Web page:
Were the high level EIA process more robust and the appropriate criteria included (also recognising that the presence of both Atlantic scaly cricket and eelgrass habitats would need to have been known at the time), it is likely that LHS would have been discounted on environmental grounds. Other sites were rejected on environmental grounds, including Black Rock, which was “not selected for further assessment due to major environmental constraints[1]. This constraint is listed as the presence of maerl habitat which, like eelgrass, is a European protected habitat.

Even based on these limited assessment criteria, LHS ranked 9th out of 20 sites. The top ten ranked sites were as follows:

  1. Airport Runway Extension (eastern end)
  2. Guillotine Quarry[2]
  3. Raising level of existing Land Reclamation at Longue Hougue
  4. Les Vardes Quarry
  5. Increase in re-use / recycling of inert waste
  6. Temporary Stockpile at Longue Hougue
  7. Paradis Quarry
  8. L’Epine Quarry2
  9. Longue Hougue South
  10. East of QEII Marine (St Peter Port)

Whilst we recognise that many of the above listed options may also have significant environmental impacts following more detailed site assessments, it is unlikely that any will lead to such significant ecological impacts as Longue Hougue South.

We believe that this site assessment process, and these alternative options, needs revisiting before an alternative site can be proposed.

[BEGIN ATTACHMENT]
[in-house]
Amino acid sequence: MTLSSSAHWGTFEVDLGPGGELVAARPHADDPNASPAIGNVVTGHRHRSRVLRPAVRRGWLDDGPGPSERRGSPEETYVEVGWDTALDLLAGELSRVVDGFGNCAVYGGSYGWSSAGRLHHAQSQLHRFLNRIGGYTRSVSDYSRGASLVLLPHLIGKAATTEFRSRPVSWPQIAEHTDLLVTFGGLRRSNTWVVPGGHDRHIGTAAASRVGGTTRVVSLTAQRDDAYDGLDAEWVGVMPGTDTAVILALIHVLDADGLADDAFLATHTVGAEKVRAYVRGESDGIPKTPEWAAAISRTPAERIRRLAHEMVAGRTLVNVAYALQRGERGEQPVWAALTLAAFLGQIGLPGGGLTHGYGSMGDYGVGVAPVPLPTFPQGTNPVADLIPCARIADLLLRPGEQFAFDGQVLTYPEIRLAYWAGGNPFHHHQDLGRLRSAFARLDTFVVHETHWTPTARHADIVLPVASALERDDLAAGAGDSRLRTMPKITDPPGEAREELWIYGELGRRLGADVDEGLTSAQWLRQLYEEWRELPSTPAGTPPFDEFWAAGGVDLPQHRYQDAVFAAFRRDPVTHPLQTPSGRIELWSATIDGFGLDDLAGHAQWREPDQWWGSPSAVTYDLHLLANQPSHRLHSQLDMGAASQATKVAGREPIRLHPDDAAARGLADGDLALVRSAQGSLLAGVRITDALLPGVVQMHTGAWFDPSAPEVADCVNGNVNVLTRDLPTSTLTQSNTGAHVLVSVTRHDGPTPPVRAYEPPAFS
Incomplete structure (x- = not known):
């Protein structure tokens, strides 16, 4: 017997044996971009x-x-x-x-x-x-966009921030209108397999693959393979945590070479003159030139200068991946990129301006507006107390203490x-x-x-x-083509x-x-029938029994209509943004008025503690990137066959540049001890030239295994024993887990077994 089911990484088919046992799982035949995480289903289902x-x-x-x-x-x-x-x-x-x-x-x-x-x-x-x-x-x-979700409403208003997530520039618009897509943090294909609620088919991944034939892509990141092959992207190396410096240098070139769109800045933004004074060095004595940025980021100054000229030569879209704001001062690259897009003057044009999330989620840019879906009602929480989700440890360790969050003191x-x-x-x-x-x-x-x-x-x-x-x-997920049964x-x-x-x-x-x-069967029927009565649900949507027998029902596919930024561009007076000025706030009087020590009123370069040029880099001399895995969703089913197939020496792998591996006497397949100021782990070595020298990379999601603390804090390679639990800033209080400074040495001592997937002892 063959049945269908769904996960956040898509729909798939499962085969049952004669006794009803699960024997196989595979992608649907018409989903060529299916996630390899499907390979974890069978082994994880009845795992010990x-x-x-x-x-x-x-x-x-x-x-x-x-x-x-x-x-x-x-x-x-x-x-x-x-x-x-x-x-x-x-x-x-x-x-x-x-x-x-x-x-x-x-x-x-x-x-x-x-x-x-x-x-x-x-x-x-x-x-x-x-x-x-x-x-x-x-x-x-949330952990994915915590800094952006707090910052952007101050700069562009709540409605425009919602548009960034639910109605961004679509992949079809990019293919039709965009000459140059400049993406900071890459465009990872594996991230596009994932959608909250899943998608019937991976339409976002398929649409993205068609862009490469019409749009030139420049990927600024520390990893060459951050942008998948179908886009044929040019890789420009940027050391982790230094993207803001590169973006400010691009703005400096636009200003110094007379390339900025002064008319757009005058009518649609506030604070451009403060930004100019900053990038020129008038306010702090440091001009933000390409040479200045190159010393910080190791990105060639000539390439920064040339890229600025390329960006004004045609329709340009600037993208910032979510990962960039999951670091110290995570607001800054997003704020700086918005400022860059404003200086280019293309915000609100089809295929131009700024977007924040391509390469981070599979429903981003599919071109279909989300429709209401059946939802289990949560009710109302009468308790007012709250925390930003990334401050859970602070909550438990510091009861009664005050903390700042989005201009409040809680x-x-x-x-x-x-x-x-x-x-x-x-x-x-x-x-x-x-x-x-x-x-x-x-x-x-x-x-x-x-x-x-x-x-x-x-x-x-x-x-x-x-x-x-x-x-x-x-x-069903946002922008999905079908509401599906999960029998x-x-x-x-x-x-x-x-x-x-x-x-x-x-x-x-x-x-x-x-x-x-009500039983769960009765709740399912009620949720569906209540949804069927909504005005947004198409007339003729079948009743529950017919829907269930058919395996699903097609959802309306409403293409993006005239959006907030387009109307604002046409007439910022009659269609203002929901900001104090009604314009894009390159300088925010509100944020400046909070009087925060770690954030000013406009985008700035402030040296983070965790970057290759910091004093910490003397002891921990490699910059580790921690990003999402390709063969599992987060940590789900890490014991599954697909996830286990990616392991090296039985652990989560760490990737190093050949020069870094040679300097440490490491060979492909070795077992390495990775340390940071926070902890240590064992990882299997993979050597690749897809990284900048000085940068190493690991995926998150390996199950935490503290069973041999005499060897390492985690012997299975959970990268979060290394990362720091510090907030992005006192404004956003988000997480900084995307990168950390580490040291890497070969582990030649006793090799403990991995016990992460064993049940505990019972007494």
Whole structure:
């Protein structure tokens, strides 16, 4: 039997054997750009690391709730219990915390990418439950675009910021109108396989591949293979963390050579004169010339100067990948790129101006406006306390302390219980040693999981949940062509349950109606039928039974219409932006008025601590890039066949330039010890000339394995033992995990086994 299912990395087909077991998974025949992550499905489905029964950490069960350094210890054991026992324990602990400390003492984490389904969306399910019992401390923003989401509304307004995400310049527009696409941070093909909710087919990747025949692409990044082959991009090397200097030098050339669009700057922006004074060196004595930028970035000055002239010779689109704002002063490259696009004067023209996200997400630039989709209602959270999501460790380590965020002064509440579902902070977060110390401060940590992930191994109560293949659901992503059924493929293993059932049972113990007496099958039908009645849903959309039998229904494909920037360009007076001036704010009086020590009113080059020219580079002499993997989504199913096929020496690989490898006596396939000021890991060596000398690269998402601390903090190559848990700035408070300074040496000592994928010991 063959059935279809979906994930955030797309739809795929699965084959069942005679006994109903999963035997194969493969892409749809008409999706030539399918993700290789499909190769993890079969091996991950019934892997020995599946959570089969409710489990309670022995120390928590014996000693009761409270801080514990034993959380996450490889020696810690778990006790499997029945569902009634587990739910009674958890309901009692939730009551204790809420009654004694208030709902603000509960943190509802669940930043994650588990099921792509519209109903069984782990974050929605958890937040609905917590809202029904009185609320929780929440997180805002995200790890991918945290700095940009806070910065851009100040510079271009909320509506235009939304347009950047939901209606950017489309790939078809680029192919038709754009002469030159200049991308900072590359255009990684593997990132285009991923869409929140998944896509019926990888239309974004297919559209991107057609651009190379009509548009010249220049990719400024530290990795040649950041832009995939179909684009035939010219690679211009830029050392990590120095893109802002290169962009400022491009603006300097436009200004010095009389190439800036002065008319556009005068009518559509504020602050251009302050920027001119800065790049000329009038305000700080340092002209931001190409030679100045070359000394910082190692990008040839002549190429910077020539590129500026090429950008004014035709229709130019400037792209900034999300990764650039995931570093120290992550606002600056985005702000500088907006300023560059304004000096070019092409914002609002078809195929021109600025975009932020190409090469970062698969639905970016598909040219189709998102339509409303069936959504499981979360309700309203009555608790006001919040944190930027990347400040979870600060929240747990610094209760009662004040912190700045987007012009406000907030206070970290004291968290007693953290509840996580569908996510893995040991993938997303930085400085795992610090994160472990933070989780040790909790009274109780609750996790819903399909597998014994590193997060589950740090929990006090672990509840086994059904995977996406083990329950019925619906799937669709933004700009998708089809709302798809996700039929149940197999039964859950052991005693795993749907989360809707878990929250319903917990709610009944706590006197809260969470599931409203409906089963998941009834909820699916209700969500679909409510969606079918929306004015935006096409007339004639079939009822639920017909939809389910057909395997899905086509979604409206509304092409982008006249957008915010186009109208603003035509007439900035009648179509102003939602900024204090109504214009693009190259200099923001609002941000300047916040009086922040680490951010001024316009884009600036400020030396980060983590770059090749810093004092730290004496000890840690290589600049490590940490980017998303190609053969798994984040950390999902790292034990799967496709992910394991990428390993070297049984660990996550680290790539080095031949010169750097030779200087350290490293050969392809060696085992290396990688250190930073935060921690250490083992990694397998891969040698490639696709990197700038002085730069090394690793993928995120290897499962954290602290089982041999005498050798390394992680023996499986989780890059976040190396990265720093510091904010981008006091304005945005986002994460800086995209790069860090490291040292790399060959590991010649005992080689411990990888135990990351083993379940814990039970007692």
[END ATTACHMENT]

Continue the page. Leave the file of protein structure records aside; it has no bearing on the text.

Given the likely economic difficulties the island will face following the unprecedented situation caused by Covid-19 and predicted slow down of the construction industry, it is likely that finding a solution to the disposal of inert waste has become less urgent and so there is now time to revisit these options.

Given the high capital cost of this proposed development, ensuring money is spent wisely and strategically is more important than ever.

Whilst we recognise that many of the above listed options may also have significant environmental impacts following more detailed site assessments, it is unlikely that any will lead have such significant ecological impacts as Longue Hougue South.


[1] State of Guernsey Inert Waste Strategy, Royal Haskonings DHV, 2017

[2] The States of Deliberation resolved to undertake further investigation of these sites, however due to the refusal of funding for an EIA no further investigation has taken place.